Irish court rules in favour of state in landmark autism education ruling|
DUBLIN, Ireland: The parents of a young autistic boy have reacted to the March 23 verdict in a test High Court action aimed at securing state funding for a specific form of education for him.
Speaking after Justice Michael Peart had ruled that there was insufficient evidence to back up the assertion that the education being provided by the state for six year-old Seán Ó Cuanacháin was not appropriate, the boy's tearful mother,
Yvonne O Cuanachain, said: "The light of learning has been all but extinguished for Seán today."
The legal action against the state - which was taken on behalf of Seán, from Arklow, County Wicklow, by his father, Cian - ran for 68 days from January to July at the High Court last year.
The landmark judgment on March 23 will have implications for the state's funding responsibilities in relation to hundreds of autistic children.
Ó Cuanacháin said she and her husband had had to go home and face Seán "knowing the progress he has made with ABA" and that the eclectic and Model A programme "will not meet his needs but will essentially damage our son."
Ó Cuanacháin said the Irish Minister for Education and Science, Mary Hanafin, had made the provision of ABA (applied behavioural analysis) available for some autistic children and the "only hope now" was that the Minister would extend that provision to Seán.
She added that she believed the experts called for her side in the case had "emphatically vindicated" their belief that the programme advocated for Seán by the State was inappropriate. However, Justice Peart had decided otherwise, she said.
Ó Cuanacháin also said she and her husband had the "utmost respect" for the judicial system and would not comment on the second part of the case prior to the delivery of judgment on that.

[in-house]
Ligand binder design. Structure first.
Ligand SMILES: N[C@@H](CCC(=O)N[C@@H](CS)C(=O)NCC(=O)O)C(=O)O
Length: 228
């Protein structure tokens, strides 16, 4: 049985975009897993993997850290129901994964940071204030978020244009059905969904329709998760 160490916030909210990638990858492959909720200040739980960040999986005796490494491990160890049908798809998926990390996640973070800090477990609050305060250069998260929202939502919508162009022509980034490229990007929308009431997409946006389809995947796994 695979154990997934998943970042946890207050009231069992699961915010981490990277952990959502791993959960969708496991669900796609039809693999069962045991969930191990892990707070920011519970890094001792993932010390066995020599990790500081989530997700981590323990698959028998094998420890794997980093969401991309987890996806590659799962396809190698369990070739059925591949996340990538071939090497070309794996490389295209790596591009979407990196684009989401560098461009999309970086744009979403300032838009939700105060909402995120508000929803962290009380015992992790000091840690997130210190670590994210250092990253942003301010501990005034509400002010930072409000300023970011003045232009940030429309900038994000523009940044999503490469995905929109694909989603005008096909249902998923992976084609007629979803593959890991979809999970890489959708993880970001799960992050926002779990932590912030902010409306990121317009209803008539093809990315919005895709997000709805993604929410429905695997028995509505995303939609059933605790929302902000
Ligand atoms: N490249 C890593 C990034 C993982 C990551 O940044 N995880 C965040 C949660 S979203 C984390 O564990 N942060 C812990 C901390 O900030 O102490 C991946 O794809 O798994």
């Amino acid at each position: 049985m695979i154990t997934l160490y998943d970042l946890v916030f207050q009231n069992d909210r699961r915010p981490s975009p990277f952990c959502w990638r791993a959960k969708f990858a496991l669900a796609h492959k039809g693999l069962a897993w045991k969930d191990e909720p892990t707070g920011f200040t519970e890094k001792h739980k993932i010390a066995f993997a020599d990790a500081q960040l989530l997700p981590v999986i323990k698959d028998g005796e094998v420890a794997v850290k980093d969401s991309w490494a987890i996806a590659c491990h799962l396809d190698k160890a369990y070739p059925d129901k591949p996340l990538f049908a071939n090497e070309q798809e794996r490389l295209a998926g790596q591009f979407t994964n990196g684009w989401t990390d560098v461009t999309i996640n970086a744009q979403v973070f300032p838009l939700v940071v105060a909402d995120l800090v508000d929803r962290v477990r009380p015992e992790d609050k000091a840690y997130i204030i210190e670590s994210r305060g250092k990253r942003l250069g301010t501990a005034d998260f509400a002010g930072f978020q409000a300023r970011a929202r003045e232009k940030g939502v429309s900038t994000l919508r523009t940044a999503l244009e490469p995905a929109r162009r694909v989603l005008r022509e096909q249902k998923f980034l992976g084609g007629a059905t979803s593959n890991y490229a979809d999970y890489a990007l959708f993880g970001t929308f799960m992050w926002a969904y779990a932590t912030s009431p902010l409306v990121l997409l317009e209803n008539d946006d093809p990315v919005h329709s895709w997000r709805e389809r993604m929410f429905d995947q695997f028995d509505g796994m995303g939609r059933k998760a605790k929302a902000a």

It was claimed that the state had failed to provide Seán with adequate free primary education - 30 hours' tuition per week - according to the system of ABA, which Seán's parents contended is an internationally recognised methodology of teaching children with autism.
Kathy Sinnott, an Irish MEP and disability rights campaigner, said she was "angry and disappointed" at the outcome of the case. "A 'take it or leave it' judgment has been handed down to the Ó Cuanacháin family, who will now be compelled to accept a level of care based on whatever the Departments of Education and Health are prepared to supply, not based on this child's independently evaluated need. This judgement has done serious damage to the judgements handed down in favour of my son, Jamie, in 2001."
Sinnott called on the Ministers, Mary Hanafin and Mary Harney, to explain why they were willing to hire two legal teams for 68 days at a cost of many millions to fight Seán' case, who only "wishes a basic, appropriate and suitable education."
Seán was diagnosed as having autistic spectrum disorder in October 2002, and it was stated he would require appropriate services from the health board and the Department of Education.
He has had home tuition funded by the department since December 2002. Funding was increased to 15 hours per week by January 2004. In November 2003, Seán was assessed by an educational psychologist who recommended that he have ABA tuition for 30 hours per week.
The court has yet to rule on whether the Ó Cuanacháin family should be awarded damages for delays in providing Seán with education between 2002 and 2004.
(Source: Irish Times, March 23, 2007)